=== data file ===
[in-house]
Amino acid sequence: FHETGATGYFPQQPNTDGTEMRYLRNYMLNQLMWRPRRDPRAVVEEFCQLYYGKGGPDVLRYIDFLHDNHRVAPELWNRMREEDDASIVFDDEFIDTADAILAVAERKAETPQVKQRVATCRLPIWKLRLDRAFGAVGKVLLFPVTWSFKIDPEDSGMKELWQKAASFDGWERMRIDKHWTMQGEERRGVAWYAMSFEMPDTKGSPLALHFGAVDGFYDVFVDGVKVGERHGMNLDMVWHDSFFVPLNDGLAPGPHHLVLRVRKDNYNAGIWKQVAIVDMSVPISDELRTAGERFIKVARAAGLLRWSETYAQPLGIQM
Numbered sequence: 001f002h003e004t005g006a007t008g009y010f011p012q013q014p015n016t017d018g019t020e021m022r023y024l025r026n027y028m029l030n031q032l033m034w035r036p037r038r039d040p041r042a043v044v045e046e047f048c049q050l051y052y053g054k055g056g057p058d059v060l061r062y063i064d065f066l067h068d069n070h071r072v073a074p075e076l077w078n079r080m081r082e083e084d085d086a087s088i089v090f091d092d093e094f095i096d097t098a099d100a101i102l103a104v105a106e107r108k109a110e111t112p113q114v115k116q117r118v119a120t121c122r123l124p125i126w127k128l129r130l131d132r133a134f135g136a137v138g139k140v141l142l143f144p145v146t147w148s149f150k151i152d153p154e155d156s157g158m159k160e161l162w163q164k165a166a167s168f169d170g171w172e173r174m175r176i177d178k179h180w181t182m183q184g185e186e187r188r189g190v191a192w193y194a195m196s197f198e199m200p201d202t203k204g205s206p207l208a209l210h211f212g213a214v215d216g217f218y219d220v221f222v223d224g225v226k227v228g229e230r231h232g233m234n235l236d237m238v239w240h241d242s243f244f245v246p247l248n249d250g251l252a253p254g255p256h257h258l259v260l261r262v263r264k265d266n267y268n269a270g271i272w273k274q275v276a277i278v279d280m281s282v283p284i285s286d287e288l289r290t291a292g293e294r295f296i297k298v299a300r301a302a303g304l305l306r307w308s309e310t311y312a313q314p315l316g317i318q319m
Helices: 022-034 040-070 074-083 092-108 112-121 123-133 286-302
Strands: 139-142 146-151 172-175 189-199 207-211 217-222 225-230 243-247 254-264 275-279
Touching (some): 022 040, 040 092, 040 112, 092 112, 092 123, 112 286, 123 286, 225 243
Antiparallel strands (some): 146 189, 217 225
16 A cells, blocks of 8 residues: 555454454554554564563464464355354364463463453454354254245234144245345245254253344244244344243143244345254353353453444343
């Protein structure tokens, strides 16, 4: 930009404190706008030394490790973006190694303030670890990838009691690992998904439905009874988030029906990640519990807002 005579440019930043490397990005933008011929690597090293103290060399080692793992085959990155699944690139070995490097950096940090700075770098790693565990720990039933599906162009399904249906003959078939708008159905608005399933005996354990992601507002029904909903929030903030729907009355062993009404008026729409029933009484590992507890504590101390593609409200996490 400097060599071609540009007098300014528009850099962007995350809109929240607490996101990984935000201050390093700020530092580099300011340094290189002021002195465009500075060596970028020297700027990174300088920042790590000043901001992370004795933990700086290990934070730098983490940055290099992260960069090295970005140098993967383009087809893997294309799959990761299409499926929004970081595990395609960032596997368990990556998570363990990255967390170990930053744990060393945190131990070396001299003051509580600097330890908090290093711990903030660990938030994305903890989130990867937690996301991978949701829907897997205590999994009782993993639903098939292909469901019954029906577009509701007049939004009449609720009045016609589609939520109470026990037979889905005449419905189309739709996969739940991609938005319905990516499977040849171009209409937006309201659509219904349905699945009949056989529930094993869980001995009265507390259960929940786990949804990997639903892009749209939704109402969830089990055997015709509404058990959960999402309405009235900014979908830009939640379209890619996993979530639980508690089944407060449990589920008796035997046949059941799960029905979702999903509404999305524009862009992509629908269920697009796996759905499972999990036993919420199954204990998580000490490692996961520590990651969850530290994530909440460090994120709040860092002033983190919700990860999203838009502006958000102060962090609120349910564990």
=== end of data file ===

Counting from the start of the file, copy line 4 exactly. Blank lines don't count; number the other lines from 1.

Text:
Helices: 022-034 040-070 074-083 092-108 112-121 123-133 286-302